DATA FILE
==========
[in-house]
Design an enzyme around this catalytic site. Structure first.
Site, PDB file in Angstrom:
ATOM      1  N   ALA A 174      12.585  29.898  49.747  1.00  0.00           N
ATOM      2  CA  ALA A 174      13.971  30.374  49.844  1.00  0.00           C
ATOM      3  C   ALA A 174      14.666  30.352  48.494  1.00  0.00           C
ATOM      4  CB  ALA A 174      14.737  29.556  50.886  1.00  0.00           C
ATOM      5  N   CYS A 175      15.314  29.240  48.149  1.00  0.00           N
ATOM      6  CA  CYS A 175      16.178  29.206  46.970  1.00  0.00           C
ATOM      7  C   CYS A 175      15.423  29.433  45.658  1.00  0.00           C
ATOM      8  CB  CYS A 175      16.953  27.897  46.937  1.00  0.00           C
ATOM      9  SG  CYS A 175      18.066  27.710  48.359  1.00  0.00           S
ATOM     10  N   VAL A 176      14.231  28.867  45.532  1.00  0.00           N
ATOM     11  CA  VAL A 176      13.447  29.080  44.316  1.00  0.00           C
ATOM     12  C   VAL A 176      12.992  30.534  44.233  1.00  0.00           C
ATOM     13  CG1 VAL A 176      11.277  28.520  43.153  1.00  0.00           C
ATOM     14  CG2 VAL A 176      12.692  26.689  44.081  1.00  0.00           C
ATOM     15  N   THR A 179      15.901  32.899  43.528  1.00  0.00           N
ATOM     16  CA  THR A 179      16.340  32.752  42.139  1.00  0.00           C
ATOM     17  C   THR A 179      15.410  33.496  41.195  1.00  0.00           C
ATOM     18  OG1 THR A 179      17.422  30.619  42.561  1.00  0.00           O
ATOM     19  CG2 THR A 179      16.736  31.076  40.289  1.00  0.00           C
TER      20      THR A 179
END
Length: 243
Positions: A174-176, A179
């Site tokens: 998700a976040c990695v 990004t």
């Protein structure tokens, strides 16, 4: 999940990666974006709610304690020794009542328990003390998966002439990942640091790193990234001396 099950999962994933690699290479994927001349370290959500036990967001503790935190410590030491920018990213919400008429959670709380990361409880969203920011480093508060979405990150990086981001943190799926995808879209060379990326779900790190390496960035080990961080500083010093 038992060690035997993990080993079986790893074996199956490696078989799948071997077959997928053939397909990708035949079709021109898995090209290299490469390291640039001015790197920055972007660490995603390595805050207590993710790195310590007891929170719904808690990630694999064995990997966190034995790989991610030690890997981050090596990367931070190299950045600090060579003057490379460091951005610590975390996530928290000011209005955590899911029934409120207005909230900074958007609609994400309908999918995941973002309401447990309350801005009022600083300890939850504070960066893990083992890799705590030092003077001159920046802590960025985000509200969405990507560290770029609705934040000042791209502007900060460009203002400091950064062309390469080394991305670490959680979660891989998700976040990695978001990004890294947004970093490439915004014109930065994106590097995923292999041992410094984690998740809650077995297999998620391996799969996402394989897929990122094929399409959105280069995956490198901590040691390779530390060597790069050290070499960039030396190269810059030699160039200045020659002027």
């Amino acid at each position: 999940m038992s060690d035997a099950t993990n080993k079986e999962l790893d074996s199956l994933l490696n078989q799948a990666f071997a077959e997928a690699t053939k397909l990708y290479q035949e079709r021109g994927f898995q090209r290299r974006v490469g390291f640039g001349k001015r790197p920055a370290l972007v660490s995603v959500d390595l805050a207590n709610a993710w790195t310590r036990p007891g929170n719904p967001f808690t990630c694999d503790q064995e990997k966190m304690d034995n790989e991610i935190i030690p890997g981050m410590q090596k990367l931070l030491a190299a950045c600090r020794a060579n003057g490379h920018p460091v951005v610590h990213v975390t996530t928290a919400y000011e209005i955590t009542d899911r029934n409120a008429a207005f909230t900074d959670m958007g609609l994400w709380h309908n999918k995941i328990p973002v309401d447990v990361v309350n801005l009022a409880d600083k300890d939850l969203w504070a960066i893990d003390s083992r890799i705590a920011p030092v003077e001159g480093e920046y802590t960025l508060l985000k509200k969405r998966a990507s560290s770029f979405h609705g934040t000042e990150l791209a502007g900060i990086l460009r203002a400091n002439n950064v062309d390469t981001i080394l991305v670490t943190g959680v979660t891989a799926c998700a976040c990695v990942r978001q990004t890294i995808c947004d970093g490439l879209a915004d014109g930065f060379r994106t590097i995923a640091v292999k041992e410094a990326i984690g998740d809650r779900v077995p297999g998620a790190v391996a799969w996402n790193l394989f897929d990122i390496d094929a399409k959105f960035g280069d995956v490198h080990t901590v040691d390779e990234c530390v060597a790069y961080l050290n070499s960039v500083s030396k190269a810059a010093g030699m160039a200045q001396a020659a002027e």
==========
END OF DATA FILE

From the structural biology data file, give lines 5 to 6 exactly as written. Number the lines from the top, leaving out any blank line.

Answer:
ATOM      2  CA  ALA A 174      13.971  30.374  49.844  1.00  0.00           C
ATOM      3  C   ALA A 174      14.666  30.352  48.494  1.00  0.00           C